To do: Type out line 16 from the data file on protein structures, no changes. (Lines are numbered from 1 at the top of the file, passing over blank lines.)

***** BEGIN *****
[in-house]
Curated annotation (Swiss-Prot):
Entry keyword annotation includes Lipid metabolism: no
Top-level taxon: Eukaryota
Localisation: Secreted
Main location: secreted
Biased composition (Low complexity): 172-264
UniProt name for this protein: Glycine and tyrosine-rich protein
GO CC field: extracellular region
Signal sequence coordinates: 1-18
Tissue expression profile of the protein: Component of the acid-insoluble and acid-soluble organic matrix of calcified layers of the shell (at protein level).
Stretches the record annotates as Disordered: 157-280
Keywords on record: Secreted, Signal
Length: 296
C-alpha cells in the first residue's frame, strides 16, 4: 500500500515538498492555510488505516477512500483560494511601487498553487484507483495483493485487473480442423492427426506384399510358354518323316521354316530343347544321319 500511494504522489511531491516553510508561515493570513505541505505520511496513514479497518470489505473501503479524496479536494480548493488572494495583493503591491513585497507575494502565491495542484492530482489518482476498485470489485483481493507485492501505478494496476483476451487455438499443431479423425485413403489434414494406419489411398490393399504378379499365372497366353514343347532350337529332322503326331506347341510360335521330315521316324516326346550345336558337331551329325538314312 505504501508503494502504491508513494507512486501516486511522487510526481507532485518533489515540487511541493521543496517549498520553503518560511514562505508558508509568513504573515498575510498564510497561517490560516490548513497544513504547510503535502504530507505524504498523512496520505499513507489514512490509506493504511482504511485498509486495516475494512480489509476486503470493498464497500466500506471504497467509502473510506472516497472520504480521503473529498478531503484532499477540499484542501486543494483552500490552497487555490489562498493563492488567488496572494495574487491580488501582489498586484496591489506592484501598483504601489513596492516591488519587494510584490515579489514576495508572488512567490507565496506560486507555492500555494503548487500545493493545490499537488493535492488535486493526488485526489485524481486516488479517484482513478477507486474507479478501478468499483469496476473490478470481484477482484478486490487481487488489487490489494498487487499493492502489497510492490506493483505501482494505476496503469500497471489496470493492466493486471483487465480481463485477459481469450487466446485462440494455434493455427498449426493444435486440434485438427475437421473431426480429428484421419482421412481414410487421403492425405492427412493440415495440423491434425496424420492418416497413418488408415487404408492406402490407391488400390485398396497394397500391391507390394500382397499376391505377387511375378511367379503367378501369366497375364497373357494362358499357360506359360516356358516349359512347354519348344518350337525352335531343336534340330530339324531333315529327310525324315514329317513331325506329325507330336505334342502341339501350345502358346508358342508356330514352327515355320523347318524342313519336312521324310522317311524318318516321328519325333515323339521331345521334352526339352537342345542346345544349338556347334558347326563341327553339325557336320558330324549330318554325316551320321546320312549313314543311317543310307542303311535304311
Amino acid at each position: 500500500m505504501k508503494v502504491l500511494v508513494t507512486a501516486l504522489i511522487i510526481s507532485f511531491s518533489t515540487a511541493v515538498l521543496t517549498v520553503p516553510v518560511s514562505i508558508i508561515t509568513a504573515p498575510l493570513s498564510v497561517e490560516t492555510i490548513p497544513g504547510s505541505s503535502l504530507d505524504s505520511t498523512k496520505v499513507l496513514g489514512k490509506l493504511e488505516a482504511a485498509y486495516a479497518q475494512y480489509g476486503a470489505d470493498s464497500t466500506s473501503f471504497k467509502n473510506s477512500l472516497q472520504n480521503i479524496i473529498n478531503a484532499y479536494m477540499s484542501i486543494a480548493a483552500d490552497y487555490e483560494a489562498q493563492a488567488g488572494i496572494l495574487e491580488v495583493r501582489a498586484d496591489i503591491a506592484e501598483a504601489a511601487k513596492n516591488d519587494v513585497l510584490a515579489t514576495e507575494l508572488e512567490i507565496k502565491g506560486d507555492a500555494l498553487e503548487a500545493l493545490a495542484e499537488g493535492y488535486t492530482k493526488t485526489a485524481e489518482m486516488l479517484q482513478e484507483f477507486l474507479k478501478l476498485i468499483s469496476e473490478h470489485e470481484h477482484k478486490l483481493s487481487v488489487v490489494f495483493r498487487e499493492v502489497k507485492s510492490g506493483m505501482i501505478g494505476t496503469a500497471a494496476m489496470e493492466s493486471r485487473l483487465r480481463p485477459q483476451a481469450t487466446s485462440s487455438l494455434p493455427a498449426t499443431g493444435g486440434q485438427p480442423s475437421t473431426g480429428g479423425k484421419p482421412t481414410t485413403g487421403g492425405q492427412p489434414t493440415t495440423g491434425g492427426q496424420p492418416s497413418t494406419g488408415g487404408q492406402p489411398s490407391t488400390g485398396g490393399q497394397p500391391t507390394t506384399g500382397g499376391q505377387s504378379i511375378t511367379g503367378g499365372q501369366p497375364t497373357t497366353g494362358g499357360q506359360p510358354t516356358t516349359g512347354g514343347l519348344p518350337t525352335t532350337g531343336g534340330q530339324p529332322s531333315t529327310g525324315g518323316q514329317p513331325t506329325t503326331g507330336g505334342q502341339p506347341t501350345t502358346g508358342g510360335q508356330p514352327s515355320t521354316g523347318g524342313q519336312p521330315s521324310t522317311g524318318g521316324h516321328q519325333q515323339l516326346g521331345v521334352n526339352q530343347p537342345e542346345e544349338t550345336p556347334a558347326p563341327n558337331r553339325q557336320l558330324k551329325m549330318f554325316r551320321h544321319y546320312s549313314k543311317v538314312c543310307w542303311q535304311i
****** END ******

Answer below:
Amino acid at each position: 500500500m505504501k508503494v502504491l500511494v508513494t507512486a501516486l504522489i511522487i510526481s507532485f511531491s518533489t515540487a511541493v515538498l521543496t517549498v520553503p516553510v518560511s514562505i508558508i508561515t509568513a504573515p498575510l493570513s498564510v497561517e490560516t492555510i490548513p497544513g504547510s505541505s503535502l504530507d505524504s505520511t498523512k496520505v499513507l496513514g489514512k490509506l493504511e488505516a482504511a485498509y486495516a479497518q475494512y480489509g476486503a470489505d470493498s464497500t466500506s473501503f471504497k467509502n473510506s477512500l472516497q472520504n480521503i479524496i473529498n478531503a484532499y479536494m477540499s484542501i486543494a480548493a483552500d490552497y487555490e483560494a489562498q493563492a488567488g488572494i496572494l495574487e491580488v495583493r501582489a498586484d496591489i503591491a506592484e501598483a504601489a511601487k513596492n516591488d519587494v513585497l510584490a515579489t514576495e507575494l508572488e512567490i507565496k502565491g506560486d507555492a500555494l498553487e503548487a500545493l493545490a495542484e499537488g493535492y488535486t492530482k493526488t485526489a485524481e489518482m486516488l479517484q482513478e484507483f477507486l474507479k478501478l476498485i468499483s469496476e473490478h470489485e470481484h477482484k478486490l483481493s487481487v488489487v490489494f495483493r498487487e499493492v502489497k507485492s510492490g506493483m505501482i501505478g494505476t496503469a500497471a494496476m489496470e493492466s493486471r485487473l483487465r480481463p485477459q483476451a481469450t487466446s485462440s487455438l494455434p493455427a498449426t499443431g493444435g486440434q485438427p480442423s475437421t473431426g480429428g479423425k484421419p482421412t481414410t485413403g487421403g492425405q492427412p489434414t493440415t495440423g491434425g492427426q496424420p492418416s497413418t494406419g488408415g487404408q492406402p489411398s490407391t488400390g485398396g490393399q497394397p500391391t507390394t506384399g500382397g499376391q505377387s504378379i511375378t511367379g503367378g499365372q501369366p497375364t497373357t497366353g494362358g499357360q506359360p510358354t516356358t516349359g512347354g514343347l519348344p518350337t525352335t532350337g531343336g534340330q530339324p529332322s531333315t529327310g525324315g518323316q514329317p513331325t506329325t503326331g507330336g505334342q502341339p506347341t501350345t502358346g508358342g510360335q508356330p514352327s515355320t521354316g523347318g524342313q519336312p521330315s521324310t522317311g524318318g521316324h516321328q519325333q515323339l516326346g521331345v521334352n526339352q530343347p537342345e542346345e544349338t550345336p556347334a558347326p563341327n558337331r553339325q557336320l558330324k551329325m549330318f554325316r551320321h544321319y546320312s549313314k543311317v538314312c543310307w542303311q535304311i